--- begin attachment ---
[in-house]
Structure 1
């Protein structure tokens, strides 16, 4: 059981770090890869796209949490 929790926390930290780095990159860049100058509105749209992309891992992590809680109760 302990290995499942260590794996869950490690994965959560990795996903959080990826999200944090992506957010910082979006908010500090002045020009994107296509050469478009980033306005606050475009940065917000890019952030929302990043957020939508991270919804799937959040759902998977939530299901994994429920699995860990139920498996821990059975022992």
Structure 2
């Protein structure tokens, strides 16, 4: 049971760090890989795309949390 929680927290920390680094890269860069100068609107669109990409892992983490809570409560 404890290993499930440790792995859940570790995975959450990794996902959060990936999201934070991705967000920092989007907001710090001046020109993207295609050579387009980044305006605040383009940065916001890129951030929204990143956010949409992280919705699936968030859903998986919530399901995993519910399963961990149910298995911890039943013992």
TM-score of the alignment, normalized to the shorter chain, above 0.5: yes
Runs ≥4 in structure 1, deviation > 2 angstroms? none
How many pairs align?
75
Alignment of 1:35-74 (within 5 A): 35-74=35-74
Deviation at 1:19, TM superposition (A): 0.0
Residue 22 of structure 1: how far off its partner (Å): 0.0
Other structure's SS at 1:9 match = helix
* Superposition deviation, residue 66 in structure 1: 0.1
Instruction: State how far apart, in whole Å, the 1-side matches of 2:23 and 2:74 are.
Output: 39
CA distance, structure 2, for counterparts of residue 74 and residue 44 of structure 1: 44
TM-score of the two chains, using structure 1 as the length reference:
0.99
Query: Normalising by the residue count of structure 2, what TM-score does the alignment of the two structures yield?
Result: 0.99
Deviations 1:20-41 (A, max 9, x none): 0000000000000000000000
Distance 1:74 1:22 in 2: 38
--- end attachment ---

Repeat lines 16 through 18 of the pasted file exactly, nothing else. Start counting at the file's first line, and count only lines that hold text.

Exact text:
Output: 39
CA distance, structure 2, for counterparts of residue 74 and residue 44 of structure 1: 44
TM-score of the two chains, using structure 1 as the length reference: